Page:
ROCKLAND, Maine — Local historian Thomas Molloy, a fixture on the city’s political and educational landscape for more than four decades, has been selected as the Penobscot Bay Regional Chamber of Commerce’s Chamber Person of the Year.
Molloy was honored at the Chamber’s 84th annual awards dinner held at the Samoset Resort in Rockport on Saturday night. A number of area businesses and individuals also were cited for recognition during the banquet.
The award is given annually to the person who through his professional and civic deeds has greatly enhanced the quality of life of the community.
“I’m overwhelmed,” Molloy said Sunday. “I just didn’t believe it. I really appreciate the fact that people felt I deserved this honor. To me, it’s just incredible.”
Molloy said he had “no idea whatsoever” in advance that he was this year’s selection. He said he felt somewhat embarrassed when his many civic accomplishments were cited. People don’t think about making a contribution when they volunteer their time, he said, they just want to see that the job gets done. Molloy said he was humbled to be grouped with the other person of the year selections.
“You look at the past recipients and they are just a group of incredible people,” Molloy said. “They put me on that same list, and I feel very honored.”
A retired teacher from Owls Head Central School and South School — though he still works part time as a substitute — Molloy is currently serving his sixth term on the Rockland City Council. He served eight terms as mayor. Beginning in 1974, Molloy has served on the council and as mayor in each of the last four decades. He also served on the Knox County Budget Committee and worked as a newsman for radio station WRKD.
“He has contributed his time and energy to our city, our county, our children, our schools,” presenter Jane Dagley noted. “This year’s winner has shared his passion to help make the Penobscot Bay Region a better place to live and to work.”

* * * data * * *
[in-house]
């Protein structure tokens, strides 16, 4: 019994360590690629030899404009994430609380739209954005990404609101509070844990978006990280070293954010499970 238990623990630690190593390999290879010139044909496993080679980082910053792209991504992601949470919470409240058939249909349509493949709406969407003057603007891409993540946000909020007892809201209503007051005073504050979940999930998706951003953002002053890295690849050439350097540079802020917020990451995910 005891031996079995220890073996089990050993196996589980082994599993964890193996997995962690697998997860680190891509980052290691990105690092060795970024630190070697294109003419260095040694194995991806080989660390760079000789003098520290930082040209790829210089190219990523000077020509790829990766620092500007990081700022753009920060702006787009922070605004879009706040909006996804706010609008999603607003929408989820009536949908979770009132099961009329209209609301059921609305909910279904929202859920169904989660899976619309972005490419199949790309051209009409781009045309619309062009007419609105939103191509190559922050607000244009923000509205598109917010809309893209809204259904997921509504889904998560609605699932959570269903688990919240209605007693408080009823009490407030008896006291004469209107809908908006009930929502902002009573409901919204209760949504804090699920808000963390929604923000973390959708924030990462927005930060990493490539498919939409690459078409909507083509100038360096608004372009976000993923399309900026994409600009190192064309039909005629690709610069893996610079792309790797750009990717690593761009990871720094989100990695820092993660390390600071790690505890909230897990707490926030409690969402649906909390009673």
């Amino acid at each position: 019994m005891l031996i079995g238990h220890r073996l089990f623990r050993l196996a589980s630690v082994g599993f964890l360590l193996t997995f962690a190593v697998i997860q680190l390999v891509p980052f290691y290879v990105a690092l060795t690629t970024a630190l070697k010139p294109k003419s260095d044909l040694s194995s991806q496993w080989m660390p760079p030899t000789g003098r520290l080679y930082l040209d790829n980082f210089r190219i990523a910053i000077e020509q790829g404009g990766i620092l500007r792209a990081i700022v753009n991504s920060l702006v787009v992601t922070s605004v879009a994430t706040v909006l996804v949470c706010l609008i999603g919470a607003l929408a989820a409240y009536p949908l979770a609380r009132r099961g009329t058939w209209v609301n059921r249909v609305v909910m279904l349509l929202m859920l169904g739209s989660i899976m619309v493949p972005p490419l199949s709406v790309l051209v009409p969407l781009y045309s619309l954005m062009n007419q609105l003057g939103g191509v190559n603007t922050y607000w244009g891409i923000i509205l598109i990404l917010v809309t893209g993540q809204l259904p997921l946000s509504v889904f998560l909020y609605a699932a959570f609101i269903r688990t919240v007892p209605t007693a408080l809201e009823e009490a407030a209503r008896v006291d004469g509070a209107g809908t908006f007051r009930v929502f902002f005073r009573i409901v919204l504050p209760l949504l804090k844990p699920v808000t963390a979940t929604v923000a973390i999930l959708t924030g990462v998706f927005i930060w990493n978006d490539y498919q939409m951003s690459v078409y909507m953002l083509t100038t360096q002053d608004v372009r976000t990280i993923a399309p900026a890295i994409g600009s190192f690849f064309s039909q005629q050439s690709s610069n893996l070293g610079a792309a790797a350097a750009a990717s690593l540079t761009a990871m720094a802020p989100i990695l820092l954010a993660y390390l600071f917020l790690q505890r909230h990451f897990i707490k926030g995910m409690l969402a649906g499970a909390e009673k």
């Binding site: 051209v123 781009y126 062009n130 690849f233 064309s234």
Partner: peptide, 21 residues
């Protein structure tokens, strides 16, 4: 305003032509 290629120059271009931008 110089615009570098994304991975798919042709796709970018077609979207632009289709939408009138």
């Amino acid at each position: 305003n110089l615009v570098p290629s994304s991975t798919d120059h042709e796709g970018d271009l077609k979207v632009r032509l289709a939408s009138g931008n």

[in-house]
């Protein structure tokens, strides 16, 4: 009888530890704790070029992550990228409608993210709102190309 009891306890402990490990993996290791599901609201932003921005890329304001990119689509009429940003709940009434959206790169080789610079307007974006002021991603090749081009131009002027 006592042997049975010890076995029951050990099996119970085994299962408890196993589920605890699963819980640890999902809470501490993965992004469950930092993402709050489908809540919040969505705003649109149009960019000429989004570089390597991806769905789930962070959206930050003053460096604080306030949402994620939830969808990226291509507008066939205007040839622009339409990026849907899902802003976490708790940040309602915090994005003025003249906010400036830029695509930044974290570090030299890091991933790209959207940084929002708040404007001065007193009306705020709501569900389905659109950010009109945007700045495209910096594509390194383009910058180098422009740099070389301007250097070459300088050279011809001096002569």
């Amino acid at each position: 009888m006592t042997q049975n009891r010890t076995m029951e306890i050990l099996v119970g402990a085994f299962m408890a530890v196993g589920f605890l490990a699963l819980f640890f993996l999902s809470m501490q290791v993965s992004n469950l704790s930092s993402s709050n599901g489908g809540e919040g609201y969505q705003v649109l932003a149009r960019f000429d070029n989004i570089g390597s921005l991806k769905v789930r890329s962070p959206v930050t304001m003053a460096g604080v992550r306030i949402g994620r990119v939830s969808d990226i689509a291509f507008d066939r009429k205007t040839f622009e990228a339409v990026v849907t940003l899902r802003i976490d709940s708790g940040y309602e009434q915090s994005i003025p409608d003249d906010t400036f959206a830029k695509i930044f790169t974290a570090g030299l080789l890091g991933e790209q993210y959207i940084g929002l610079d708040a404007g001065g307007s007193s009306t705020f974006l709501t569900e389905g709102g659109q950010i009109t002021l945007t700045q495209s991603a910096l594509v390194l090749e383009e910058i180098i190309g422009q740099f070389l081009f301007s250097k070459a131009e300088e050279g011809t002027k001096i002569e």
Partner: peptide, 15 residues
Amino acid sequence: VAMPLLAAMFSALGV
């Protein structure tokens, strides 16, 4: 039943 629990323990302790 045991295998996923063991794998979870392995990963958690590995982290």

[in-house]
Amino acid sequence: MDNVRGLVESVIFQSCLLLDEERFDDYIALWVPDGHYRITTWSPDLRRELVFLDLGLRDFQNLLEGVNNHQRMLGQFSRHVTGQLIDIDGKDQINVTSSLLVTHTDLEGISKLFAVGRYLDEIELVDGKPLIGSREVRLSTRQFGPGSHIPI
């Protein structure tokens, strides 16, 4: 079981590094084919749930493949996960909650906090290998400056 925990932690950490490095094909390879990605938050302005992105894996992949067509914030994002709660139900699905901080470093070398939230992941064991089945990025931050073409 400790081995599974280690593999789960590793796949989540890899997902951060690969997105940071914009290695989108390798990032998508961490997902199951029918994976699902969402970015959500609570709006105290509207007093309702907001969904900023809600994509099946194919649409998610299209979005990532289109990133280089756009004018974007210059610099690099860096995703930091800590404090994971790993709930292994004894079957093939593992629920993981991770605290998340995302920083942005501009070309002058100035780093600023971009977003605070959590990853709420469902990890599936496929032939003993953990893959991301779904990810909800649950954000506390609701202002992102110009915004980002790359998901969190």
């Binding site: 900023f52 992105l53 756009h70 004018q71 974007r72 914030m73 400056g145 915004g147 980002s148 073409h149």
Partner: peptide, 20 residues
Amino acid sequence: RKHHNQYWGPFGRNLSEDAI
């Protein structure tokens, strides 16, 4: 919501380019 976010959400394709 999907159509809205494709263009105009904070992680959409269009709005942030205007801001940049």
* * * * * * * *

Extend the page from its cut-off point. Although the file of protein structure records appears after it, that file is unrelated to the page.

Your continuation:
A Rockland native and lifelong resident, Molloy is the co-author of the history “Home Front on Penobscot Bay: Rockland During the War Years 1940-45.” Molloy and co-authors Ted Sylvester and Paul Merriam were young boys during World War II. The book describes how the Rockland area banded together in an era of uncertainty and shortages. Proceeds from the sale of the book have helped fund dozens of scholarships for Rockland students.
Molloy has served on the board of the Rockland District Nurses Association, Rockland Senior College and St. Bernard’s parish council. In 2004 the Maine Retired Teachers Association presented him with its Leadership Award. He is also a longtime supporter of the Bob Gagnon Cancer Fund and a Republican Party stalwart. He holds a master’s degree from the University of Maine and is a graduate of Cambridge School of Radio Broadcasting-Graham Junior College.
Molloy was born in the house across the street from where he now lives with his wife, Faye. Their daughter Marci lives in Warren and their son Christopher in Florida. Christopher surprised his father by flying up to attend the award dinner with the family.
“I went back to my table and someone was sitting in my chair,” Molloy said. “It was kind of surreal for a moment. Then I realized, ‘Hey, that’s my son.’”
Other awards presented by the Chamber during the dinner were:
ä The Community Spirit Award, given to the person or business that inspires the community and makes a difference through innovative community projects, was given to Kerry Altiero, owner of Cafe Miranda. Altiero was cited for reviving his business after it was destroyed by fire in September 2007. Opening night at the new Cafe Miranda served as a fundraiser for Rockland Emergency Medical Services.
ä The Waterfront Enhancement Award was given to O’Hara Corp.-Journey’s End Marina and Prock Marine, a pair of family-owned business operating along the city’s waterfront for more than 50 years.
ä The Business Innovation and Collaboration Award was given to Dave Tomm of Seasoned Workforce Program, a company that focuses on employment programs for older workers throughout the state.
ä The Community Service Award was given to the Rockland Festival Corp., sponsor of the Maine Lobster Festival, which has contributed funding to scores of projects over the course of its six decades of promoting the city as “The Lobster Capital of the World.”
ä The New Commercial Development and Economic Enhancement Award was given to Lowe’s Corp. for locating a retail home improvement outlet in Thomaston.
ä The Commercial Building Renovation Award was given to David Robichaud of Summers-Port Mercantile on the banks of the Weskeag River in South Thomaston.
ä The Business Expansion Award was given to Donna Bergen of Mars Hall Gallery at the Marshall homestead in St. George.
ä The Downtown Business District Interior and Exterior Improvement Award was given to Jake Dowling of the Dowling-Walsh Gallery on Main Street.
More than 350 attended the awards dinner and took part in paying tribute to the accomplishments of many organizations and individuals. TD Banknorth, TD Insurance, Webber Energy Fuels, Samoset Resort, Camden National Bank, Cape Air, FMC BioPolymer, Horch Roofing, J. Edward Knight Co., Machias Savings Bank and Maritime Energy sponsored the annual event.